Noise is one of the most striking and ubiquitous properties of the human brain. Each individual brain cell, or neuron, produces a series of spikes of electrical activity the detailed properties seem largely to be random. If we measure the electrical activity of networks in the entire brain, the overall patterns, it seems, are also rather random. Indeed, excessively synchronised brain activity is a sign of something unusual, such as deep sleep or, more ominously, an epileptic seizure.
People’s choices, even between simple options, in the best-controlled lab conditions, are astonishingly variable: in a typical lab experiment, if we slip in repetitions of the same choices between, say, £5 for certain or a 50% chance of £12, it is not unusual to find that people are inconsistent about a quarter of the time, within no more than a period of minutes.
Financial markets, too, are notably noisy and unstable. Markets are, after all, determined by real-world decisions made by the brains of investors and fund managers (although, of course, this picture is increasingly complicated by the rise of algorithmic trading). Could the noisiness and instability of markets somehow be connected to the noisiness and instability of the brain?
In traditional economic and finance theory, it has been assumed that the answer must be “No.” One line of thinking is that the noisiness of all those individual nervous systems will surely cancel out, just as the noisiness of trillions of individual molecules cancels out when chemists model how heating a gas causes it to expand.
Another line of thinking points out that stock market patterns generated systematic errors made by participants in a market should lead to profitable opportunities for sophisticated traders, who will soon exploit and eliminate such patterns. Extending this line of thinking, it might seem that the noisiness of the stock market is inevitable, irrespective of the noisiness of the brains of market participants. The market just has to be noisy, because a predictable market would offer ‘free money’ to the wily investor; and free money seems to be in short supply.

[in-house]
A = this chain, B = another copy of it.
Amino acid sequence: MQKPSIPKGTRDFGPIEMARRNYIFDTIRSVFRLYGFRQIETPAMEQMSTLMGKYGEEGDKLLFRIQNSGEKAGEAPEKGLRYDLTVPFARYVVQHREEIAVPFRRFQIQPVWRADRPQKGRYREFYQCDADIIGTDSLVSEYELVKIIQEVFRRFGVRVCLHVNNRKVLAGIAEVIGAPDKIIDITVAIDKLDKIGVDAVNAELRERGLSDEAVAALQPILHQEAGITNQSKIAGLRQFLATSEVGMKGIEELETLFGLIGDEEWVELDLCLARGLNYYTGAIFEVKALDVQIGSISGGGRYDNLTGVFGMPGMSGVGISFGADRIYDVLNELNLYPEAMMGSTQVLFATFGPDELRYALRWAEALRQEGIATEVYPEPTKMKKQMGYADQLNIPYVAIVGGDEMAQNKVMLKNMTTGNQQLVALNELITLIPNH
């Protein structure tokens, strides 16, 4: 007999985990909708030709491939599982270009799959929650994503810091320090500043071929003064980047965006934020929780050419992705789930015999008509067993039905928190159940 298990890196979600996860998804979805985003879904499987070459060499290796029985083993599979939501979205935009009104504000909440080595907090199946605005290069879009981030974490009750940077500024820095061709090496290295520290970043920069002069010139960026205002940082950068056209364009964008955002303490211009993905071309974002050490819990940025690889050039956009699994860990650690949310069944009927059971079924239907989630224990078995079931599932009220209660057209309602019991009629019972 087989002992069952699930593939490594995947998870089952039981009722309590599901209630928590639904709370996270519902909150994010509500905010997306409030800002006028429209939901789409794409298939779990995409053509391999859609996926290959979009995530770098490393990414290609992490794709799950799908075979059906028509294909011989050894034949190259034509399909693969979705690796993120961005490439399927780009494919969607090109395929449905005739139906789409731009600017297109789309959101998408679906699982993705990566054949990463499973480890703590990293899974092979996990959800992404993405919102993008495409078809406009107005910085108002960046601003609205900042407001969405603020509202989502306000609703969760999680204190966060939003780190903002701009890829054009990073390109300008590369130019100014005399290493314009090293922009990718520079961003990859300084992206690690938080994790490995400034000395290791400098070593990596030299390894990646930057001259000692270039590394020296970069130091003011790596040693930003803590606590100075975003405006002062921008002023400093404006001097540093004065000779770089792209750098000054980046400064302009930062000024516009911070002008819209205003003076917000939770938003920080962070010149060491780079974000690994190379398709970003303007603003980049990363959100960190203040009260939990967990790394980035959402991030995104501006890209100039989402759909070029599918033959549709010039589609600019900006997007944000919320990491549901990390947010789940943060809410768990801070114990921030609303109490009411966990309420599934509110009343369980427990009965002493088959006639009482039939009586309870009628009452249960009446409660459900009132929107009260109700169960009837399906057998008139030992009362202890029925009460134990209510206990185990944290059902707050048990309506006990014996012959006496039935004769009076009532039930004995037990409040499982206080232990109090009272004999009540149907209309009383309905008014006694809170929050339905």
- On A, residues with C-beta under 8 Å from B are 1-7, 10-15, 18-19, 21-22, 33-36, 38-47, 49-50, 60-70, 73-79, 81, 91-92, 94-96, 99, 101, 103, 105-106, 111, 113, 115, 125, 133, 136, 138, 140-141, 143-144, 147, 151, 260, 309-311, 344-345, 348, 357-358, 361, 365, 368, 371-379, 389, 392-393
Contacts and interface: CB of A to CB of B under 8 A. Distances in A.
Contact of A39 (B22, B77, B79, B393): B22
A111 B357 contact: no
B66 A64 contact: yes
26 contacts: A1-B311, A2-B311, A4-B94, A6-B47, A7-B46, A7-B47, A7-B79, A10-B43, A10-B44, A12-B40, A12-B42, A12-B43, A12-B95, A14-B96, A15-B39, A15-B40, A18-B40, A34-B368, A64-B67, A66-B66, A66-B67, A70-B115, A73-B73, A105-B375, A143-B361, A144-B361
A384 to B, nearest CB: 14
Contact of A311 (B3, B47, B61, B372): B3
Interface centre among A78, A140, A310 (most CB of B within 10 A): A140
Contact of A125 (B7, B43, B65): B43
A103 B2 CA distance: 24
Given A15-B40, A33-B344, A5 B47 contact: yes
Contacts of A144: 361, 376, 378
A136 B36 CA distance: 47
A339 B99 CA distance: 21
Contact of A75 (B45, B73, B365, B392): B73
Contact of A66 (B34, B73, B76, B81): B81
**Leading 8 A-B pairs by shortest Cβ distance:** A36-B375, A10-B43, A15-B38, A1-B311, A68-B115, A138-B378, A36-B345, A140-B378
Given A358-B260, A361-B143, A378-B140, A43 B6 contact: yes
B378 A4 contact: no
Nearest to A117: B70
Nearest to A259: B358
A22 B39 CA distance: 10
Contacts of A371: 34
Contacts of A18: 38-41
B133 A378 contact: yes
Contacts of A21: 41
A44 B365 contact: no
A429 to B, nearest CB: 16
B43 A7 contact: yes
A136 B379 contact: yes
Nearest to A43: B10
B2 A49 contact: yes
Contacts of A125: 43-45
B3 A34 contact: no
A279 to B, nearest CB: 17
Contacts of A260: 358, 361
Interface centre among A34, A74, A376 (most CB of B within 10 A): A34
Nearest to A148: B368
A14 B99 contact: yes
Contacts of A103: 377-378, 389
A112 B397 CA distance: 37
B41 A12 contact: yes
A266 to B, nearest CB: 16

But perhaps such arguments are too hasty. First, note that statistical analysis has shown that the nature of the noisiness of the stock market is rather special – to a fair approximation, stock market prices exhibit a ‘fractal’ structure – the patterns of short-term and long-term market fluctuations look strangely similar. This is especially interesting when we noticed that the very same type of fractal structure is ubiquitous whether we look at the timing of brain activity or simple behaviours (as observed in a wide range of experiments, from tapping tasks to memory search). Not only that, but markets and human brains and behaviour seem to exhibit the characteristic “fat tails” that have long interested stock-market watchers – large shifts in both markets and minds seem more likely than simple random models would predict.
Second, behavioural finance has observed systematic biases in market behaviour that has not been eliminated by ‘wily traders.’ For example, our collaborator at Harvard, Andrei Shliefer, and his colleagues have observed that forecasters systematically overestimate the impact of market-relevant news, whether good or bad. They explain this over-reaction using the concept of ‘representativeness’ from cognitive psychology (roughly, people focus excessively on stereotypical models of a situation). Not only that, our recent work has shown that simple computational models of how people deal with uncertainty (may, potentially, map quite neatly into some recent models of brain function) may give rise to just this type of bias.
Over the coming months, we will be applying our existing models of individual decision making to understand collective market behaviour. By the end, we hope to provide some insight into whether or not it may ultimately be possible to create a rigorous link between noisy brains and noisy markets.